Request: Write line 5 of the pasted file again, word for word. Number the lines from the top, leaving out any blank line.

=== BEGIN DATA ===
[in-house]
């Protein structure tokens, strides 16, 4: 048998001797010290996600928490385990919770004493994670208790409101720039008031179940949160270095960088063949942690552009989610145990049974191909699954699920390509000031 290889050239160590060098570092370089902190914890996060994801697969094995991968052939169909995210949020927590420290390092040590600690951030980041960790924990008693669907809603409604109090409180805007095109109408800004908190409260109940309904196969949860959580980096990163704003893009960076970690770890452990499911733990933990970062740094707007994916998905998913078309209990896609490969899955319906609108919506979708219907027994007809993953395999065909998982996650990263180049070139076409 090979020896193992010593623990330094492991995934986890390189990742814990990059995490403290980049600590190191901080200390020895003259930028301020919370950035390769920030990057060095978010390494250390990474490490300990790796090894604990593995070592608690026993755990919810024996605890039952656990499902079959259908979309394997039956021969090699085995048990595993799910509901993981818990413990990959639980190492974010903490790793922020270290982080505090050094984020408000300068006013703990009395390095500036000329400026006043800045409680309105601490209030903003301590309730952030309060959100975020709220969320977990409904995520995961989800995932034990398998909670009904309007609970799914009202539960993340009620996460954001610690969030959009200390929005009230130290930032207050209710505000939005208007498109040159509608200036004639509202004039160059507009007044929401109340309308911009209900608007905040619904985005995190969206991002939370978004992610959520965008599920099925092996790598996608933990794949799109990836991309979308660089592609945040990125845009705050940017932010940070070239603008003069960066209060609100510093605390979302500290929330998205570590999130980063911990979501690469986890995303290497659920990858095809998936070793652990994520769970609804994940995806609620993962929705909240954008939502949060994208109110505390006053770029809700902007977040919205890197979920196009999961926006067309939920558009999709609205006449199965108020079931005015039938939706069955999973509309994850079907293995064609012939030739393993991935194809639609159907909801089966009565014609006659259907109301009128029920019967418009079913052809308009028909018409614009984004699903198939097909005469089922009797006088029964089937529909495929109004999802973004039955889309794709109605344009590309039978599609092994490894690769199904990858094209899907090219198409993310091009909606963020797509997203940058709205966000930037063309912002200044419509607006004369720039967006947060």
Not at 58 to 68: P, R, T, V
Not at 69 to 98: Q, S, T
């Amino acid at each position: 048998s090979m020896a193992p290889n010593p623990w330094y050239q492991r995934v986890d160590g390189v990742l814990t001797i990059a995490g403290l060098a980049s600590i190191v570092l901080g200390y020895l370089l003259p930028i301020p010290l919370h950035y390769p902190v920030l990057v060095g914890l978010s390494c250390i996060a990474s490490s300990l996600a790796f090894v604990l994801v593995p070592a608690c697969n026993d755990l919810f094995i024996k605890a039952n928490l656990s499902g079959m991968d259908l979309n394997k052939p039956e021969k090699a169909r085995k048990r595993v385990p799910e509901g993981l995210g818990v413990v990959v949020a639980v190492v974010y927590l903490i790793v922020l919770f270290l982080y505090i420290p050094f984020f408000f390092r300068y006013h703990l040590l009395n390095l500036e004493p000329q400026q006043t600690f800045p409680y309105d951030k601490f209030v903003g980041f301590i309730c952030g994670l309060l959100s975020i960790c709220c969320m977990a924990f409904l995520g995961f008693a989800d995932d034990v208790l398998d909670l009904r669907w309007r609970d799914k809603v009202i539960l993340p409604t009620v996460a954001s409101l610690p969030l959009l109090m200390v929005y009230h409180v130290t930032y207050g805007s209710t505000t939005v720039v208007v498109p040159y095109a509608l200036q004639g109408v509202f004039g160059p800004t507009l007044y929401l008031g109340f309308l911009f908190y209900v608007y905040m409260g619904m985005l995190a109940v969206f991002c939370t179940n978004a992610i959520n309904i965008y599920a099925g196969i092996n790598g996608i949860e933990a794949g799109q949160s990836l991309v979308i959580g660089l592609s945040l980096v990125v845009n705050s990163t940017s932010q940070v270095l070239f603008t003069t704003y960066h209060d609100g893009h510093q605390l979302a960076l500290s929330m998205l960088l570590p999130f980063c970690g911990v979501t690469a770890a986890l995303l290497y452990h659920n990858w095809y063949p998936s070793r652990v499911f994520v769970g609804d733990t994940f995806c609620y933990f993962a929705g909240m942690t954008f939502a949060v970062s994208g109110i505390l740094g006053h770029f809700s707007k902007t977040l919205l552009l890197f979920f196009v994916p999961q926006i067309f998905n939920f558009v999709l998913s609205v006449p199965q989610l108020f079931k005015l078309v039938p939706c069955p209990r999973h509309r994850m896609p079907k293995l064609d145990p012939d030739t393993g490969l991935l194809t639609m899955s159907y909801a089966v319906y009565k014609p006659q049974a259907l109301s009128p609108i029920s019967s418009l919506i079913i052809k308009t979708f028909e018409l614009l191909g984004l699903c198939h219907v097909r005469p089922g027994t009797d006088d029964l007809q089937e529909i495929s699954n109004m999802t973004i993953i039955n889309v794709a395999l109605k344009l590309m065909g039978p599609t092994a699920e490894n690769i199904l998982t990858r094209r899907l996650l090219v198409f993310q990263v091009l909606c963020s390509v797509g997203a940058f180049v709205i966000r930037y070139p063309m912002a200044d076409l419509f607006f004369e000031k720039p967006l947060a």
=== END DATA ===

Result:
């Amino acid at each position: 048998s090979m020896a193992p290889n010593p623990w330094y050239q492991r995934v986890d160590g390189v990742l814990t001797i990059a995490g403290l060098a980049s600590i190191v570092l901080g200390y020895l370089l003259p930028i301020p010290l919370h950035y390769p902190v920030l990057v060095g914890l978010s390494c250390i996060a990474s490490s300990l996600a790796f090894v604990l994801v593995p070592a608690c697969n026993d755990l919810f094995i024996k605890a039952n928490l656990s499902g079959m991968d259908l979309n394997k052939p039956e021969k090699a169909r085995k048990r595993v385990p799910e509901g993981l995210g818990v413990v990959v949020a639980v190492v974010y927590l903490i790793v922020l919770f270290l982080y505090i420290p050094f984020f408000f390092r300068y006013h703990l040590l009395n390095l500036e004493p000329q400026q006043t600690f800045p409680y309105d951030k601490f209030v903003g980041f301590i309730c952030g994670l309060l959100s975020i960790c709220c969320m977990a924990f409904l995520g995961f008693a989800d995932d034990v208790l398998d909670l009904r669907w309007r609970d799914k809603v009202i539960l993340p409604t009620v996460a954001s409101l610690p969030l959009l109090m200390v929005y009230h409180v130290t930032y207050g805007s209710t505000t939005v720039v208007v498109p040159y095109a509608l200036q004639g109408v509202f004039g160059p800004t507009l007044y929401l008031g109340f309308l911009f908190y209900v608007y905040m409260g619904m985005l995190a109940v969206f991002c939370t179940n978004a992610i959520n309904i965008y599920a099925g196969i092996n790598g996608i949860e933990a794949g799109q949160s990836l991309v979308i959580g660089l592609s945040l980096v990125v845009n705050s990163t940017s932010q940070v270095l070239f603008t003069t704003y960066h209060d609100g893009h510093q605390l979302a960076l500290s929330m998205l960088l570590p999130f980063c970690g911990v979501t690469a770890a986890l995303l290497y452990h659920n990858w095809y063949p998936s070793r652990v499911f994520v769970g609804d733990t994940f995806c609620y933990f993962a929705g909240m942690t954008f939502a949060v970062s994208g109110i505390l740094g006053h770029f809700s707007k902007t977040l919205l552009l890197f979920f196009v994916p999961q926006i067309f998905n939920f558009v999709l998913s609205v006449p199965q989610l108020f079931k005015l078309v039938p939706c069955p209990r999973h509309r994850m896609p079907k293995l064609d145990p012939d030739t393993g490969l991935l194809t639609m899955s159907y909801a089966v319906y009565k014609p006659q049974a259907l109301s009128p609108i029920s019967s418009l919506i079913i052809k308009t979708f028909e018409l614009l191909g984004l699903c198939h219907v097909r005469p089922g027994t009797d006088d029964l007809q089937e529909i495929s699954n109004m999802t973004i993953i039955n889309v794709a395999l109605k344009l590309m065909g039978p599609t092994a699920e490894n690769i199904l998982t990858r094209r899907l996650l090219v198409f993310q990263v091009l909606c963020s390509v797509g997203a940058f180049v709205i966000r930037y070139p063309m912002a200044d076409l419509f607006f004369e000031k720039p967006l947060a």